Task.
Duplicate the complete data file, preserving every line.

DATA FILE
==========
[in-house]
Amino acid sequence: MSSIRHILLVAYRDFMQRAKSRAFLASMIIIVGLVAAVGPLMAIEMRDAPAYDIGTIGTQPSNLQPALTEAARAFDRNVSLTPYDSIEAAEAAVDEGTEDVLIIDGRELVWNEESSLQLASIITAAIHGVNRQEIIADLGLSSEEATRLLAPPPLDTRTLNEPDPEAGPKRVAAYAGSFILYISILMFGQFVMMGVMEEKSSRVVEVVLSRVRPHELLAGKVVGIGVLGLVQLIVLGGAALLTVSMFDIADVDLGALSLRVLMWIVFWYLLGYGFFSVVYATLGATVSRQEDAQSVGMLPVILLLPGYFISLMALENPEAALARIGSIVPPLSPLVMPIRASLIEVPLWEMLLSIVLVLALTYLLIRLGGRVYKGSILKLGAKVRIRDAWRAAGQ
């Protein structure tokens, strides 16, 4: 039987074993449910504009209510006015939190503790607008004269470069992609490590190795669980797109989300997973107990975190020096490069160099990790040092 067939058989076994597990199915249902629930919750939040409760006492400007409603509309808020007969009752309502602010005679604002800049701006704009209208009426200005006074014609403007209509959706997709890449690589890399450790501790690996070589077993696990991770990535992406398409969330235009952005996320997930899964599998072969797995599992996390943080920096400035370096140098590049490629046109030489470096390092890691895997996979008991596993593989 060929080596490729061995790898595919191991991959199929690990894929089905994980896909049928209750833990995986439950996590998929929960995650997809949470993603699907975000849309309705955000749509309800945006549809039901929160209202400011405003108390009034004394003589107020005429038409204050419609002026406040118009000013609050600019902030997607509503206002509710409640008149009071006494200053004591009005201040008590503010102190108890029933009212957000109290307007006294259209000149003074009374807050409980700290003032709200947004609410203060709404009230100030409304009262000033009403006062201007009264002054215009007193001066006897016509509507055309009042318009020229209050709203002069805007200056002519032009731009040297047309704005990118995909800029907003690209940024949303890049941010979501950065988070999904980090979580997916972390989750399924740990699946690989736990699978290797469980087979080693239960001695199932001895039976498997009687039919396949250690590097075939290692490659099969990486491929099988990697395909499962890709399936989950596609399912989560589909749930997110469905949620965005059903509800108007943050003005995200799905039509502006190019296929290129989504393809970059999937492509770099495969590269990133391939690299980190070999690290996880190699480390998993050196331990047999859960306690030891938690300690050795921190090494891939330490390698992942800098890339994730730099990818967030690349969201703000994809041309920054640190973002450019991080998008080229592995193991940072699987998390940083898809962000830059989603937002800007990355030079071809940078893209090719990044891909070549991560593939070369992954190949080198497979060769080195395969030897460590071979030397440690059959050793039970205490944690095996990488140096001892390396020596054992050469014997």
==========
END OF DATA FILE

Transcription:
[in-house]
Amino acid sequence: MSSIRHILLVAYRDFMQRAKSRAFLASMIIIVGLVAAVGPLMAIEMRDAPAYDIGTIGTQPSNLQPALTEAARAFDRNVSLTPYDSIEAAEAAVDEGTEDVLIIDGRELVWNEESSLQLASIITAAIHGVNRQEIIADLGLSSEEATRLLAPPPLDTRTLNEPDPEAGPKRVAAYAGSFILYISILMFGQFVMMGVMEEKSSRVVEVVLSRVRPHELLAGKVVGIGVLGLVQLIVLGGAALLTVSMFDIADVDLGALSLRVLMWIVFWYLLGYGFFSVVYATLGATVSRQEDAQSVGMLPVILLLPGYFISLMALENPEAALARIGSIVPPLSPLVMPIRASLIEVPLWEMLLSIVLVLALTYLLIRLGGRVYKGSILKLGAKVRIRDAWRAAGQ
């Protein structure tokens, strides 16, 4: 039987074993449910504009209510006015939190503790607008004269470069992609490590190795669980797109989300997973107990975190020096490069160099990790040092 067939058989076994597990199915249902629930919750939040409760006492400007409603509309808020007969009752309502602010005679604002800049701006704009209208009426200005006074014609403007209509959706997709890449690589890399450790501790690996070589077993696990991770990535992406398409969330235009952005996320997930899964599998072969797995599992996390943080920096400035370096140098590049490629046109030489470096390092890691895997996979008991596993593989 060929080596490729061995790898595919191991991959199929690990894929089905994980896909049928209750833990995986439950996590998929929960995650997809949470993603699907975000849309309705955000749509309800945006549809039901929160209202400011405003108390009034004394003589107020005429038409204050419609002026406040118009000013609050600019902030997607509503206002509710409640008149009071006494200053004591009005201040008590503010102190108890029933009212957000109290307007006294259209000149003074009374807050409980700290003032709200947004609410203060709404009230100030409304009262000033009403006062201007009264002054215009007193001066006897016509509507055309009042318009020229209050709203002069805007200056002519032009731009040297047309704005990118995909800029907003690209940024949303890049941010979501950065988070999904980090979580997916972390989750399924740990699946690989736990699978290797469980087979080693239960001695199932001895039976498997009687039919396949250690590097075939290692490659099969990486491929099988990697395909499962890709399936989950596609399912989560589909749930997110469905949620965005059903509800108007943050003005995200799905039509502006190019296929290129989504393809970059999937492509770099495969590269990133391939690299980190070999690290996880190699480390998993050196331990047999859960306690030891938690300690050795921190090494891939330490390698992942800098890339994730730099990818967030690349969201703000994809041309920054640190973002450019991080998008080229592995193991940072699987998390940083898809962000830059989603937002800007990355030079071809940078893209090719990044891909070549991560593939070369992954190949080198497979060769080195395969030897460590071979030397440690059959050793039970205490944690095996990488140096001892390396020596054992050469014997």